With a fortnight’s hindsight, it is worth looking back at the Bennelong by-election and a valuable lesson Australia must learn from it. With the vote fully counted, we know the government has breathed a sigh of relief — the incumbent, Liberal John Alexander, was returned with a comfortable majority. But the other story — with national security implications — emerged once we had looked at a more detailed analysis of the voting.
Days before the Bennelong poll, a 1700-word open letter was widely circulated among the Australian Chinese community, urging it to vote Labor and, in doing so, “take down the far-right Liberal ruling party”, which it described as “against China, against Chinese, against ethnic-Chinese migrants and against Chinese international students”.
It concluded with an appeal to vote against the Liberals to “protect the dignity of we Chinese!”.
Written in Mandarin, but unsigned, it was attributed to “a group of Chinese who call Australia home”. It was shared on the Chinese social media app WeChat by Yan Zehua, an Australian citizen who is vice-president of the Australian Council for the Promotion of Peaceful Reunification of China, a group so manifestly a mouthpiece for Beijing, with close links to China’s notorious United Front Work Department, that even Bob Carr has urged it be closed down.
As The Australian has reported, Alexander fared markedly worse at those booths with a high proportion of residents of Chinese ancestry.
Was this the result of the “China-phobia” accusations hurled against the government by Labor in the last week of the campaign? Or was it the result of this letter? If the letter played a part, and was linked to agents of the Chinese government — entirely plausible — this marks a shocking, blatant attempt at gross interference in Australia’s internal affairs, and at the very least an investigation into the provenance of the letter is warranted.
There can be little more affronting than a foreign power interfering in the electoral process of a democracy.
Apparent attempts by Russia to intervene in last year’s US presidential election are, quite rightly, a matter of serious investigation. Former FBI director Robert Mueller has been appointed special counsel with the express purpose of investigating such efforts.
Australia needs to confront attempts to undermine our institutions and the integrity of our political system with similar seriousness.
Newly announced measures to strengthen our legal framework against foreign interference and subversion are a welcome step. Increasingly, we also will need to improve the resources of our intelligence community devoted to this task.
“Active measures” — operations designed to exert clandestine influence over domestic politics in foreign countries, including by interfering with elections — are re-emerging as a favoured tool of statecraft.
The modern digital landscape offers far more opportunities for effective “active measures” than the Cold War ever did. Though Russia is the most accomplished practitioner, China’s capabilities in this area are growing, and Australia is an obvious target.
Today’s digital age means that disinformation, propaganda and rumours designed to influence or destabilise an opponent’s political system can be launched almost instantaneously, from across the globe, timed for maximum impact and targeted towards a narrow audience. Unlike overt steps or traditional covert action, such measures are low-cost, low-risk and come with a high degree of deniability.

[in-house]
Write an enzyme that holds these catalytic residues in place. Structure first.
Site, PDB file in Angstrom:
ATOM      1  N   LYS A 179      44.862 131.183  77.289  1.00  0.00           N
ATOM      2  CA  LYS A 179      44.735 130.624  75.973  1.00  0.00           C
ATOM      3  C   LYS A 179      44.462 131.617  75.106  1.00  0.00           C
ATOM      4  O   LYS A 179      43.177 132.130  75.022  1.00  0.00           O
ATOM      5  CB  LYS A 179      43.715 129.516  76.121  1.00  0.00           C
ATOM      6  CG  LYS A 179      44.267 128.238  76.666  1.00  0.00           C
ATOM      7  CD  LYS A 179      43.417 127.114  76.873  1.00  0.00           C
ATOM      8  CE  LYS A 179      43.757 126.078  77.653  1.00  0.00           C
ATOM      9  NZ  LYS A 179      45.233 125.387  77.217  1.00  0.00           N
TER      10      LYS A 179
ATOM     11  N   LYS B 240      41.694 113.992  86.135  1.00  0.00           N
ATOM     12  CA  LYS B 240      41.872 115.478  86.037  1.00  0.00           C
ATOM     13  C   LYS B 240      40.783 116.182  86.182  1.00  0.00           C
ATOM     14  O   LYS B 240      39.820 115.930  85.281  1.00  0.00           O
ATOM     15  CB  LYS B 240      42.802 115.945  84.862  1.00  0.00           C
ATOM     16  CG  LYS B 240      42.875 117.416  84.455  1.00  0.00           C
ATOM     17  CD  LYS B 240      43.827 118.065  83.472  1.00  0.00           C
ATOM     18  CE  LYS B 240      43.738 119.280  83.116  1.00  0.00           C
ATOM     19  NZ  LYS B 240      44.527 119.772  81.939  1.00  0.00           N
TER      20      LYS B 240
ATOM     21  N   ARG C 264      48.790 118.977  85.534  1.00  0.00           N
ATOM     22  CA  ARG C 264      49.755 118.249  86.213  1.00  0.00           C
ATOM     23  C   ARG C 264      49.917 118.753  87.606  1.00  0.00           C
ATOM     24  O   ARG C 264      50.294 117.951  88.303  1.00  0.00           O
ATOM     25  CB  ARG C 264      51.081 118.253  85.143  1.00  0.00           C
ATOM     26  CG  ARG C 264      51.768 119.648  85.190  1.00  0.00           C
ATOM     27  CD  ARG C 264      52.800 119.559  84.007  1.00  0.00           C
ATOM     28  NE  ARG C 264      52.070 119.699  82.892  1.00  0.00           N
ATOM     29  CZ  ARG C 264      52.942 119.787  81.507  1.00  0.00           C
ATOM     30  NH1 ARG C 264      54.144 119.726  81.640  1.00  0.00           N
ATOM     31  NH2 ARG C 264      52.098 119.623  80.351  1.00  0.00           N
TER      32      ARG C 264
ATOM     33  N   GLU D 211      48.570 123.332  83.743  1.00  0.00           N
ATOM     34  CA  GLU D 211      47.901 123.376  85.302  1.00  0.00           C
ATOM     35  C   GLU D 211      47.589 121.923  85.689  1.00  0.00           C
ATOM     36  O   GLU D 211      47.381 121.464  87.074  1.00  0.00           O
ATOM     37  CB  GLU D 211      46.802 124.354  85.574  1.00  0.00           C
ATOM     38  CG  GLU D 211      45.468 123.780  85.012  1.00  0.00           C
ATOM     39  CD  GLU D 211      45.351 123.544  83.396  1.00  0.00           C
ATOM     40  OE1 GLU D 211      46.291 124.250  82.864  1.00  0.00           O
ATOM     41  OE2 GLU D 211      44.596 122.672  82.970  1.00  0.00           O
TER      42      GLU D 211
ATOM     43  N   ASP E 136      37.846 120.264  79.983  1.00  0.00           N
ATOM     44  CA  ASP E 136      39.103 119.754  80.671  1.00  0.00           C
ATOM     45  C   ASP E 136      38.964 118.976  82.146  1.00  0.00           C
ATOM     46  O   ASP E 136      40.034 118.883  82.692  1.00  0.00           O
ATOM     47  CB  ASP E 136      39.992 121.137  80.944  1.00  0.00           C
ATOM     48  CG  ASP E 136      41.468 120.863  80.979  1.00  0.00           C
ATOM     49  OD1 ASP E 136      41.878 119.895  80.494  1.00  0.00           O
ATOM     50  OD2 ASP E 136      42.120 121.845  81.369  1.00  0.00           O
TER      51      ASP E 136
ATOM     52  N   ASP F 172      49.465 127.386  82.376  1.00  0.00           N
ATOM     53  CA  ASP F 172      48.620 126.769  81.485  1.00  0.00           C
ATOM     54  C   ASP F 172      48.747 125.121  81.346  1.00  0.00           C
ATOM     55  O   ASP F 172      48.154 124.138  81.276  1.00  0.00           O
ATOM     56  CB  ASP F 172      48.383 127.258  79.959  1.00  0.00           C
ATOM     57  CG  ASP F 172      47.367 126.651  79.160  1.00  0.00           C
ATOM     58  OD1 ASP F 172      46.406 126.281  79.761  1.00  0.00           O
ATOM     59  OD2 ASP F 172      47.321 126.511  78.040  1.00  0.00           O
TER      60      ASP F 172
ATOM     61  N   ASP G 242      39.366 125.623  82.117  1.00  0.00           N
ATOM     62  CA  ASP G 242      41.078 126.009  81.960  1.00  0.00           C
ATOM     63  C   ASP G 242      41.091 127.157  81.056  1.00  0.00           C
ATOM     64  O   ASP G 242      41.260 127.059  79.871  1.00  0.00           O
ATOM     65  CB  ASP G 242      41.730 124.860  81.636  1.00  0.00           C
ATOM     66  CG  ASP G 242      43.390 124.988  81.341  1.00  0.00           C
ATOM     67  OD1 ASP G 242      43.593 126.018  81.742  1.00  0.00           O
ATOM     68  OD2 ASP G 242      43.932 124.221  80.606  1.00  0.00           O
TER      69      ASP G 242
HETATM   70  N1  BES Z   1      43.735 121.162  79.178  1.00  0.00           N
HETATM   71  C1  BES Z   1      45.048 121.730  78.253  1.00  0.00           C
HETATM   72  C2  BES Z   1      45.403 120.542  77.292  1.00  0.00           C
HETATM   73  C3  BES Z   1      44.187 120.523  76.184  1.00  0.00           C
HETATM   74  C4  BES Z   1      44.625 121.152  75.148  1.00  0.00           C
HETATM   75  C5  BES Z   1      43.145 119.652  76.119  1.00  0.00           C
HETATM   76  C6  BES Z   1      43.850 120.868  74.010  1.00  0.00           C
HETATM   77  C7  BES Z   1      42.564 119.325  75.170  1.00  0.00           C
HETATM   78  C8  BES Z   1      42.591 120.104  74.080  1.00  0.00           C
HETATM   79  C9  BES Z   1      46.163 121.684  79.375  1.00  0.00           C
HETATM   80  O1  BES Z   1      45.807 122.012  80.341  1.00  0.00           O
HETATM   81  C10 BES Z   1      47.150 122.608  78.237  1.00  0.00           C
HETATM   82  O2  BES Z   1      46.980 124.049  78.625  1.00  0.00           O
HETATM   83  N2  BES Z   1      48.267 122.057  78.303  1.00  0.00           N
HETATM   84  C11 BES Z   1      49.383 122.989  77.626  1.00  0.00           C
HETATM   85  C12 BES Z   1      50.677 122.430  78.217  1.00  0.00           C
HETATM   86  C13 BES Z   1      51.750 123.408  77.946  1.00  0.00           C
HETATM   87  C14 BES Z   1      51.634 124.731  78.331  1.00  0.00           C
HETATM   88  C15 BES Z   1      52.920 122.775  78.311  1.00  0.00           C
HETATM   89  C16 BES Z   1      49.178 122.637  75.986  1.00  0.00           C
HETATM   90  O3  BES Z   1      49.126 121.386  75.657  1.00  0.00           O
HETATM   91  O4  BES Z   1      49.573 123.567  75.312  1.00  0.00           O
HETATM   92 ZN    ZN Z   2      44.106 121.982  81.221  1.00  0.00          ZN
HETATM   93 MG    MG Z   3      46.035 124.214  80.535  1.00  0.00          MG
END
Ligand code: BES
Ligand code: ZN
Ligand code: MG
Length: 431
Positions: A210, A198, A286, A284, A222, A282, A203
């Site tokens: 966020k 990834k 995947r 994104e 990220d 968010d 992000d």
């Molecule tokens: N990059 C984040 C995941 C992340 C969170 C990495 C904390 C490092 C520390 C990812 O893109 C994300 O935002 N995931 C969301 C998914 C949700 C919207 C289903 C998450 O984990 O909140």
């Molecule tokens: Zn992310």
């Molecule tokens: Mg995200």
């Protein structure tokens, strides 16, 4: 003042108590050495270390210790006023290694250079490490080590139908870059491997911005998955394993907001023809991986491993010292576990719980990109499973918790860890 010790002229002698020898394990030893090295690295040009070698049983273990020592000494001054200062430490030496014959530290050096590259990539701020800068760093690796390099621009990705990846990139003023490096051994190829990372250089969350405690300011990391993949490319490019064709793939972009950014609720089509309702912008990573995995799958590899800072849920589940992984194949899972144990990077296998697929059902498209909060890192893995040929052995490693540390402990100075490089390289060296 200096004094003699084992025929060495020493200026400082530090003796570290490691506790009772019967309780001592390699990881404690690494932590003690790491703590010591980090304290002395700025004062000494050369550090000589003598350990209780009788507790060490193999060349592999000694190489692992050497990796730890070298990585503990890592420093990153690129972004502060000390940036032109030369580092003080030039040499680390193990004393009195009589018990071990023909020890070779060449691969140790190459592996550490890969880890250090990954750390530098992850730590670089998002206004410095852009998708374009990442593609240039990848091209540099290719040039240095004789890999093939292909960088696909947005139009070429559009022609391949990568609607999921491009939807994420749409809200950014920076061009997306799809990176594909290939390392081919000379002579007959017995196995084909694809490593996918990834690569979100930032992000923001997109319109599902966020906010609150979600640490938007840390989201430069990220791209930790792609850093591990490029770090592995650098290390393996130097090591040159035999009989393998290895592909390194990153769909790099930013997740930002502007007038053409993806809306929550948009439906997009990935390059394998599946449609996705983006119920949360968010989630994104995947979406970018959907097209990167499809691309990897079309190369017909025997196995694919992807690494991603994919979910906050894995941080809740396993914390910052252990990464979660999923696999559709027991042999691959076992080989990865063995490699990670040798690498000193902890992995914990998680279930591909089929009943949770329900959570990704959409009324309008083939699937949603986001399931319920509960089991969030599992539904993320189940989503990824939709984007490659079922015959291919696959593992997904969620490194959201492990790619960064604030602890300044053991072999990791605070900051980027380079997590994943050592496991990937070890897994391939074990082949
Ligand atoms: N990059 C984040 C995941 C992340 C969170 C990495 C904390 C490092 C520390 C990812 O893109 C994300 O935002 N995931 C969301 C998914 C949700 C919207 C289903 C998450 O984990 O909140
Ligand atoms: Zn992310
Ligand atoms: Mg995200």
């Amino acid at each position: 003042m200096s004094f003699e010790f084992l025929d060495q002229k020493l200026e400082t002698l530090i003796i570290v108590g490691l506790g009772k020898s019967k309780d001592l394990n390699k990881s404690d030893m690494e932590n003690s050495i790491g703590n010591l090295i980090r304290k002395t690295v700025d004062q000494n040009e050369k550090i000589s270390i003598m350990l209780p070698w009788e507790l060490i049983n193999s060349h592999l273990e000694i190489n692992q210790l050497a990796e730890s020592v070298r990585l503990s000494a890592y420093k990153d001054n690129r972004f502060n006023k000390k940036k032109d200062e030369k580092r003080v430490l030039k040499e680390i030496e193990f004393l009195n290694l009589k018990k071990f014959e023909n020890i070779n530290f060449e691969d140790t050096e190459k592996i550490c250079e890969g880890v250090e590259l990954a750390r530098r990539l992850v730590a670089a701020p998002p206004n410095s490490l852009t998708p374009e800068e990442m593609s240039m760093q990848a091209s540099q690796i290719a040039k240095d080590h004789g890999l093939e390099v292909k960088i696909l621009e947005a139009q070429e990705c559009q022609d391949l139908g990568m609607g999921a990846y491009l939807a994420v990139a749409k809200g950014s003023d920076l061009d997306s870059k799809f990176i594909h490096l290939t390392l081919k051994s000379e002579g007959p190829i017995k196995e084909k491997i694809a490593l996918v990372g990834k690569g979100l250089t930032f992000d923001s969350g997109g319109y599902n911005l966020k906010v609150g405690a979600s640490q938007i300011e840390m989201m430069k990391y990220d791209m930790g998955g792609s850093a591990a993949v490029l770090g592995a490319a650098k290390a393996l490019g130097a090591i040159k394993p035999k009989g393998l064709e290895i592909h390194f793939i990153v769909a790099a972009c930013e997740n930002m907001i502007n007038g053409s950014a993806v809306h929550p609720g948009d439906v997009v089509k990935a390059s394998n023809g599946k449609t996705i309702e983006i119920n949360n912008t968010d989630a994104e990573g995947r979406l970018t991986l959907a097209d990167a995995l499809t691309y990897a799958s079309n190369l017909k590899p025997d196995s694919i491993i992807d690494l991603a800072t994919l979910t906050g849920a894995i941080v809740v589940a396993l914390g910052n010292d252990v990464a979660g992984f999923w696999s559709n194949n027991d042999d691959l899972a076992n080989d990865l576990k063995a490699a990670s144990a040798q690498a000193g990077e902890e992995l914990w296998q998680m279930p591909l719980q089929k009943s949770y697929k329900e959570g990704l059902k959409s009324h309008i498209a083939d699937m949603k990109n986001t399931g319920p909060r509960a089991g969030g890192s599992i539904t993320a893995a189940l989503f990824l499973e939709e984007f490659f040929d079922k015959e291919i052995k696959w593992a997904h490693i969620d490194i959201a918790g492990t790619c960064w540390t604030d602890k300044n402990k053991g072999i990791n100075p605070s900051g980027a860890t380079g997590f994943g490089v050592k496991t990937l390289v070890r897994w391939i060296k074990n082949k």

It is little wonder that, in the words of one of the leading proponents of this new doctrine, Valery Gerasimov, chief of the general staff of Russia’s armed forces, “long-distance, contactless actions against the enemy are becoming the main means of achieving combat and operational goals”.
The use of foreign political donations in a crude attempt to sway the policy positions of politicians and political parties, which we have seen here already, is merely a low-sophistication sampling of what we can expect in the future.
If we are to be successful in combating such attacks, we need to start recognising that our very sovereignty — our freedom to make our own choices and determine our own course of action — is at stake.
We also need to drop the morbid fear we have acquired of causing offence to China, which these days seems to shadow every policy measure.
I know of few other countries with such avid readers of the editorial pages of the Global Times or who seize on predictable comments from a Chinese foreign ministry spokesman to warn that the entire bilateral relationship is imperilled.
Claims the other day that the Australia-China relationship is “finely balanced” or at a “tipping point” because Australia has taken measures to protect our sovereignty from foreign interference are ridiculous.
Australia behaves entirely respectfully towards China’s sovereign prerogatives and internal affairs, and when we disagree we declare so openly and respectfully. We have every right to expect and demand the same.
Can anyone doubt that China would take equally fervent measures if it believed a foreign power was seeking to stoke independence sentiment in Hong Kong or subvert the composition of the politburo standing committee?
Commentators like to frame the strategic dilemma for Australia as one of having to choose between the US and China. But in truth the more acute choice we face is whether we are prepared to risk the relationship with our largest trading partner and export market to defend our freedom of action, sovereignty and preferred world order, or whether we will allow the creeping Finlandisation of Australian external policy.
Published as an opinion piece in The Australian, 28 December 2017